Bill Aims to Restore Due Process From Dodd-Frank Kangaroo Courts

(Michael Barnes, Liberty Headlines) Rep. Warren Davidson, an Ohio Republican, filed federal legislation on Wednesday to restore due process rights for individuals and businesses being pursued by the U.S. Securities and Exchange Commission.

Lynn Tilton photo

Lynn Tilton Photo by Horasis (CC)

Dubbed the Due Process Restoration Act of 2017, the bill provides defendants in legal cases with the option to have their proceedings advance in a federal district court instead of internal SEC administrative courts.

The agency’s enforcement powers were greatly expanded under the Obama-era Dodd-Frank Act of 2010, which authorized the SEC to impose civil penalties through its internal court system – a system in which the agency prevails in more than 90 percent of its cases.

Unlike traditional courts, the SEC’s administrative proceedings do not afford many common due process protections.


The ongoing case of Lynn Tilton, founder of Patriarch Partners, LLC, highlights concerns over the courts’ lack of constitutional protections.

In 2015, the agency alleged Tilton and her firm committed fraud by hiding poorly performing investment funds loaded with distressed loans. The SEC is seeking $208 million in penalties. In the process, Tilton racks up lawyers’ fees, and her career and Patriarch Partners’ reputation is irreparably damaged.

According to Bloomberg News, the fix was in from the beginning.

Before her trial, Tilton’s lawyers sought notes and recordings of witness interviews. They were denied. They asked for a dismissal because the agency failed to disclose a business relationship with the accounting firm of a witness. Denied.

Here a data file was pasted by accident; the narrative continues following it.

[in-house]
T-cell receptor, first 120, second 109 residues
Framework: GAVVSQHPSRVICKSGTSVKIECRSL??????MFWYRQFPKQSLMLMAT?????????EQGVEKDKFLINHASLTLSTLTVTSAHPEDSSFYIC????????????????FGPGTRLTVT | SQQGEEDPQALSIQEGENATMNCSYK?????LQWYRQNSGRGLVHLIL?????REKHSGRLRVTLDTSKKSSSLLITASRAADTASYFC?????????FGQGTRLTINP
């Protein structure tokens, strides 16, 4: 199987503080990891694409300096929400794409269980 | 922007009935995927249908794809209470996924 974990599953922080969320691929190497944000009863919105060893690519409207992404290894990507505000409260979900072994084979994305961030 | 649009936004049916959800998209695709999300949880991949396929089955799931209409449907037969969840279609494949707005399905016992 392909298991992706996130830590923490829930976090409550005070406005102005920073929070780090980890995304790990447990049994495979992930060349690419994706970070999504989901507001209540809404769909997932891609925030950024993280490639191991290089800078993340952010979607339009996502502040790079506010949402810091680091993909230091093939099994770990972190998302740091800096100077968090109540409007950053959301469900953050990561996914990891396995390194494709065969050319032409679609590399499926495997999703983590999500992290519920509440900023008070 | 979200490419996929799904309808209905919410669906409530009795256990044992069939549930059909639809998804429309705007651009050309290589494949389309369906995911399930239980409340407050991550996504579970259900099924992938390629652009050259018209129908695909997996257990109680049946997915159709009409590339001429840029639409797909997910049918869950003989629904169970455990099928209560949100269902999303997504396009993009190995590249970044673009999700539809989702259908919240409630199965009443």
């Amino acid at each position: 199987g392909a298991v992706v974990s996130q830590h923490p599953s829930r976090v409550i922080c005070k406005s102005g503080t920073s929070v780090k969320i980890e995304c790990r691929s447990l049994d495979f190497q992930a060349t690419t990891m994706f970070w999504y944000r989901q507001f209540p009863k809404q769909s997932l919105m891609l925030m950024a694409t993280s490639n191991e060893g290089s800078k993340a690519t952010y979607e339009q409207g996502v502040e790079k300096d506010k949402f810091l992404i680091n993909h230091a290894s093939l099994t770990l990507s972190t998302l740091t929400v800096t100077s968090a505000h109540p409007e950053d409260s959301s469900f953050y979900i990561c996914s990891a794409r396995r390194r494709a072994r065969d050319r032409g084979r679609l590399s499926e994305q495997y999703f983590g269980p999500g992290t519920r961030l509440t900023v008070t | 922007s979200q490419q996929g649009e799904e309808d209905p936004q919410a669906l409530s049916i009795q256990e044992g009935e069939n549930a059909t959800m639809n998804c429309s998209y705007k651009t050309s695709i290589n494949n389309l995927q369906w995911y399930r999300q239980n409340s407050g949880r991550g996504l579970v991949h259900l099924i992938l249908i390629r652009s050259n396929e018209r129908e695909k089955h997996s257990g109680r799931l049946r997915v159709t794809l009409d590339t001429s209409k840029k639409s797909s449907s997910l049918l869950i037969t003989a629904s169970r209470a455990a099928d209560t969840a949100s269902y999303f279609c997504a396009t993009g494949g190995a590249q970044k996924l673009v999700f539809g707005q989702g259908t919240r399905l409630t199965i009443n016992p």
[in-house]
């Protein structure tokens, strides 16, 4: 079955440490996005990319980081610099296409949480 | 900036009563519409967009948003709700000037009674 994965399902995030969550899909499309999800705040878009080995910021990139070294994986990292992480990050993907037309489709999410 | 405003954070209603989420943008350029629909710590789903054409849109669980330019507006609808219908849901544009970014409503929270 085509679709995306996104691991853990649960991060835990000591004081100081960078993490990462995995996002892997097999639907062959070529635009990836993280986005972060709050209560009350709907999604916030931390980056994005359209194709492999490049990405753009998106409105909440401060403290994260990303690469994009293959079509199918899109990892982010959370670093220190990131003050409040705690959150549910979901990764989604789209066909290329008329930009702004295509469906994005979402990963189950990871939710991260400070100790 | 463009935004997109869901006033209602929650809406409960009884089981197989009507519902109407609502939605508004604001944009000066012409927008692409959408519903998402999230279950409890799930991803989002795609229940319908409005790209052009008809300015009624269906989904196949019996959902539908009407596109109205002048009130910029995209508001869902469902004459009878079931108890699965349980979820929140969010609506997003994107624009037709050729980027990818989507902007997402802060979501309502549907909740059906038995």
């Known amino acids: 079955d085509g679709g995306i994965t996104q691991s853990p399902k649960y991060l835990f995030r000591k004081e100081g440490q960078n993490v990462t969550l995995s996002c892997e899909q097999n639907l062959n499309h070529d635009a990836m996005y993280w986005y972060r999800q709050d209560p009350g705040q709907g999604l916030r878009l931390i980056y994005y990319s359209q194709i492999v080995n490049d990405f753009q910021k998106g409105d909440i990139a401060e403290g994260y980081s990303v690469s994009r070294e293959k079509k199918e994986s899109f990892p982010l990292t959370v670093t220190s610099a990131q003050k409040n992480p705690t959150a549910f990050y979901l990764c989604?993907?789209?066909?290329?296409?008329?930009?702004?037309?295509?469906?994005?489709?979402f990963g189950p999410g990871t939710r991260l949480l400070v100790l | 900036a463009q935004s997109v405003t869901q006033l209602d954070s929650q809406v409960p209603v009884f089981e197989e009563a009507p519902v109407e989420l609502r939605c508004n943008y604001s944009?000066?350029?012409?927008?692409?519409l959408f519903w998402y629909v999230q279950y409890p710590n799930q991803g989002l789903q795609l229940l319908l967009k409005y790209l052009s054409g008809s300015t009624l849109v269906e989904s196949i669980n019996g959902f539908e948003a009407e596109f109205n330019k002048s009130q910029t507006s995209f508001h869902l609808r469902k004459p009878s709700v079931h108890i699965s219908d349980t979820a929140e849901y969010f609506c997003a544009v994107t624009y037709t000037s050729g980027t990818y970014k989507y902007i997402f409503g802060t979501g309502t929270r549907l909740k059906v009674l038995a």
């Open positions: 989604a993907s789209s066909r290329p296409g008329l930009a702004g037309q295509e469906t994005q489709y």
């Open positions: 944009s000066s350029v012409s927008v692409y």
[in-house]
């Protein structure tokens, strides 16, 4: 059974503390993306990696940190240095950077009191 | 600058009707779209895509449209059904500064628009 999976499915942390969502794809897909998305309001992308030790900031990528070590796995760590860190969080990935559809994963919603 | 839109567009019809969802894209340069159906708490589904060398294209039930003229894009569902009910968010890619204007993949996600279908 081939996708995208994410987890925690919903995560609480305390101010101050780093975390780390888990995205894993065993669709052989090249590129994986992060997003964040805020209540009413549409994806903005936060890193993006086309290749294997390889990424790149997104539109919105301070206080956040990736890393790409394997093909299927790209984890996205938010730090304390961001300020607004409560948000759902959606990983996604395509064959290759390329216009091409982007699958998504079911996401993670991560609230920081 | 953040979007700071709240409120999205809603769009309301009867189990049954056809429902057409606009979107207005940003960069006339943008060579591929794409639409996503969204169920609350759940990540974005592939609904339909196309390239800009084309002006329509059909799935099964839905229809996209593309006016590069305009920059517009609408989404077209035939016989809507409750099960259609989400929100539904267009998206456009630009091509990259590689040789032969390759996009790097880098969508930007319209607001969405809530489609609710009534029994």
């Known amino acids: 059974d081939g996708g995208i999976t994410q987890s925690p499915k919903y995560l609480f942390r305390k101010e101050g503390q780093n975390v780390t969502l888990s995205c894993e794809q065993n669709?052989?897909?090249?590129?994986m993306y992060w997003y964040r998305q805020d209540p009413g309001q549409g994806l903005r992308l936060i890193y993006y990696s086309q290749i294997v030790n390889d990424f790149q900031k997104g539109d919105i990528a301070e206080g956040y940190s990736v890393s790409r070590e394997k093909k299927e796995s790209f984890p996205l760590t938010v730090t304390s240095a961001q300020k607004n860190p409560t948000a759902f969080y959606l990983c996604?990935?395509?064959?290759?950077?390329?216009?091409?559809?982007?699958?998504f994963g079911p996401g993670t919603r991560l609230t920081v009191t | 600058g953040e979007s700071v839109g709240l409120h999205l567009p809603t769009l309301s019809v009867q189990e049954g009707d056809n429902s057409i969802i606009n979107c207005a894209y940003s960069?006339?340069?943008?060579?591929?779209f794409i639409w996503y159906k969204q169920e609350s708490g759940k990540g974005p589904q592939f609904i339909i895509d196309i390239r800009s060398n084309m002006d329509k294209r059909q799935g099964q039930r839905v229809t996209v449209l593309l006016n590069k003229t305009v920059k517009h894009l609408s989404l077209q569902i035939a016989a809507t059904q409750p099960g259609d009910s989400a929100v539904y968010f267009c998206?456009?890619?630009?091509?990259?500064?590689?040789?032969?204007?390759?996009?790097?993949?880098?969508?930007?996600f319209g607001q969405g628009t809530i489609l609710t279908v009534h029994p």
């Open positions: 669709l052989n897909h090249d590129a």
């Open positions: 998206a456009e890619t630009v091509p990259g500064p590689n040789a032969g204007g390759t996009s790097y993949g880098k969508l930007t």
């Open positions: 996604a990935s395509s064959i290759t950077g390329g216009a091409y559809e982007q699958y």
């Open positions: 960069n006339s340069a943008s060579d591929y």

They said the SEC failed to turn over evidence that could help clear Tilton. They claimed the SEC was allowed to present testimony that would have been barred in federal court, and they’ve argued that the rules blocked them from questioning witnesses beforehand.

“The procedural bias in favor of he SEC is baked into the cake,” an independent financial services executive told Bloomberg.

In the aftermath of the Wall Street financial crisis, congressional Democrats and the Obama administration instituted the most consequential financial regulations since the Great Depression. In passing Dodd-Frank, the public was assured the government was solving Wall Street’s “too big to fail” problem.

But critics, including U.S. district court judges and some SEC judges themselves, say the SEC’s expanded administrative authority is an abuse of power.

Administrative proceedings do not allow for the option of trial by jury. They only offer limited access to government evidence, and they do not protect against unreliable evidence, such as hearsay.

“Due process should be afforded at every level to prevent government overreach,” said Davidson. “Whether it is the Securities and Exchange Commission, the Consumer Financial Protection Bureau, or any other government institution, no government bureaucracy should be given the power of judge, jury and executioner.”

Former congressman Scott Garrett, a New Jersey Republican, introduced similar legislation in 2015. It gained the support of the National Association of Criminal Defense Lawyers, and the U.S. Chamber of Commerce.

“This legislation would better ensure procedural fairness when the Securities and Exchange Commission brings an administrative proceeding by giving respondents the option to timely terminate such proceeding, while still allowing the SEC the option to refile the action in federal district court,” a statement from the NACDL said.

Late last year, the U.S. Court of Appeals for the 10th Circuit ruled that the SEC’s administrative law judges are unconstitutional. The U.S. Court of Appeals for the District of Columbia Circuit reached the opposite conclusion several months earlier, giving the issue a chance of being heard at the U.S. Supreme Court.

For Lynn Tilton, and others like her, a legislative fix or court resolution can’t come soon enough. Tilton told the New York Post earlier this year that she sees a more reasonable SEC under President Trump, and insinuated that the previous administrative actions were politically motivated.

“As you know, they voted 3-2 along party lines to even bring this case,” Tilton said.